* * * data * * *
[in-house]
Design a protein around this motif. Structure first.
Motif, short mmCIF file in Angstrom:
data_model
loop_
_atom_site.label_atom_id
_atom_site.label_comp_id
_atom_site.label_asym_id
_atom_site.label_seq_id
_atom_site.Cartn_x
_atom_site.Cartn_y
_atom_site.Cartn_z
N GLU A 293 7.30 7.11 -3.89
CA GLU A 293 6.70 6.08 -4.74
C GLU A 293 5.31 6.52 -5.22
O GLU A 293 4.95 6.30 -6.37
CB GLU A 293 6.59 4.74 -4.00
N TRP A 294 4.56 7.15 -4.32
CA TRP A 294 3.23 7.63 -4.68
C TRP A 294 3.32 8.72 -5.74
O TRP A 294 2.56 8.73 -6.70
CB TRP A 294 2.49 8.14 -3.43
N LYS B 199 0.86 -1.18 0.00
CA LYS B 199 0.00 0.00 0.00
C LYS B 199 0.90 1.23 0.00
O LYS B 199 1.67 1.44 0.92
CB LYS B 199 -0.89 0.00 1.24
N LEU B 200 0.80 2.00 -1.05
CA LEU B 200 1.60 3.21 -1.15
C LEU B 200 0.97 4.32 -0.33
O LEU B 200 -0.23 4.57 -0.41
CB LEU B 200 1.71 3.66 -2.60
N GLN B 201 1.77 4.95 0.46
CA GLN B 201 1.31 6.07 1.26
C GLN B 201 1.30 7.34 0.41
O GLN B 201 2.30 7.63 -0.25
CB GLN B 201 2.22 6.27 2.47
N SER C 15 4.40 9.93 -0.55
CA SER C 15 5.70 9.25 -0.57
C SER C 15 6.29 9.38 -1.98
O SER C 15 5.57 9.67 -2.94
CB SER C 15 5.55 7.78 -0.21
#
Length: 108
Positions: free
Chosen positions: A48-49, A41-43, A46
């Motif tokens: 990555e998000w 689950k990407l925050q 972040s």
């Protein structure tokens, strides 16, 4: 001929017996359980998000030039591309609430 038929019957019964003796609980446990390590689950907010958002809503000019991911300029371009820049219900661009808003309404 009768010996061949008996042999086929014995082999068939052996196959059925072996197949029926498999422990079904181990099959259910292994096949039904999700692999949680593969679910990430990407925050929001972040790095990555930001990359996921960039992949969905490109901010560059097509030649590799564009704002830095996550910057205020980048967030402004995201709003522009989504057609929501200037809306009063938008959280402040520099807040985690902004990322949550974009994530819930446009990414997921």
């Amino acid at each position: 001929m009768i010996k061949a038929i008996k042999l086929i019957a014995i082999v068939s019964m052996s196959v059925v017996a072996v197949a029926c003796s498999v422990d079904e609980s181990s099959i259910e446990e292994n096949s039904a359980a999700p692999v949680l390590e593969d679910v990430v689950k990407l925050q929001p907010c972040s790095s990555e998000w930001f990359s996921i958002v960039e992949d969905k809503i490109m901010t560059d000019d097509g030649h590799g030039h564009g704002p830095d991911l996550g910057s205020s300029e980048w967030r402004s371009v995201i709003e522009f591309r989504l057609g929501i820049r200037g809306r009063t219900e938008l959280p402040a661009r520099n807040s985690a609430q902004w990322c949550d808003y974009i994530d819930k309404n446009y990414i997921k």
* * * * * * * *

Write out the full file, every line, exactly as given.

[in-house]
Design a protein around this motif. Structure first.
Motif, short mmCIF file in Angstrom:
data_model
loop_
_atom_site.label_atom_id
_atom_site.label_comp_id
_atom_site.label_asym_id
_atom_site.label_seq_id
_atom_site.Cartn_x
_atom_site.Cartn_y
_atom_site.Cartn_z
N GLU A 293 7.30 7.11 -3.89
CA GLU A 293 6.70 6.08 -4.74
C GLU A 293 5.31 6.52 -5.22
O GLU A 293 4.95 6.30 -6.37
CB GLU A 293 6.59 4.74 -4.00
N TRP A 294 4.56 7.15 -4.32
CA TRP A 294 3.23 7.63 -4.68
C TRP A 294 3.32 8.72 -5.74
O TRP A 294 2.56 8.73 -6.70
CB TRP A 294 2.49 8.14 -3.43
N LYS B 199 0.86 -1.18 0.00
CA LYS B 199 0.00 0.00 0.00
C LYS B 199 0.90 1.23 0.00
O LYS B 199 1.67 1.44 0.92
CB LYS B 199 -0.89 0.00 1.24
N LEU B 200 0.80 2.00 -1.05
CA LEU B 200 1.60 3.21 -1.15
C LEU B 200 0.97 4.32 -0.33
O LEU B 200 -0.23 4.57 -0.41
CB LEU B 200 1.71 3.66 -2.60
N GLN B 201 1.77 4.95 0.46
CA GLN B 201 1.31 6.07 1.26
C GLN B 201 1.30 7.34 0.41
O GLN B 201 2.30 7.63 -0.25
CB GLN B 201 2.22 6.27 2.47
N SER C 15 4.40 9.93 -0.55
CA SER C 15 5.70 9.25 -0.57
C SER C 15 6.29 9.38 -1.98
O SER C 15 5.57 9.67 -2.94
CB SER C 15 5.55 7.78 -0.21
#
Length: 108
Positions: free
Chosen positions: A48-49, A41-43, A46
């Motif tokens: 990555e998000w 689950k990407l925050q 972040s």
């Protein structure tokens, strides 16, 4: 001929017996359980998000030039591309609430 038929019957019964003796609980446990390590689950907010958002809503000019991911300029371009820049219900661009808003309404 009768010996061949008996042999086929014995082999068939052996196959059925072996197949029926498999422990079904181990099959259910292994096949039904999700692999949680593969679910990430990407925050929001972040790095990555930001990359996921960039992949969905490109901010560059097509030649590799564009704002830095996550910057205020980048967030402004995201709003522009989504057609929501200037809306009063938008959280402040520099807040985690902004990322949550974009994530819930446009990414997921």
């Amino acid at each position: 001929m009768i010996k061949a038929i008996k042999l086929i019957a014995i082999v068939s019964m052996s196959v059925v017996a072996v197949a029926c003796s498999v422990d079904e609980s181990s099959i259910e446990e292994n096949s039904a359980a999700p692999v949680l390590e593969d679910v990430v689950k990407l925050q929001p907010c972040s790095s990555e998000w930001f990359s996921i958002v960039e992949d969905k809503i490109m901010t560059d000019d097509g030649h590799g030039h564009g704002p830095d991911l996550g910057s205020s300029e980048w967030r402004s371009v995201i709003e522009f591309r989504l057609g929501i820049r200037g809306r009063t219900e938008l959280p402040a661009r520099n807040s985690a609430q902004w990322c949550d808003y974009i994530d819930k309404n446009y990414i997921k």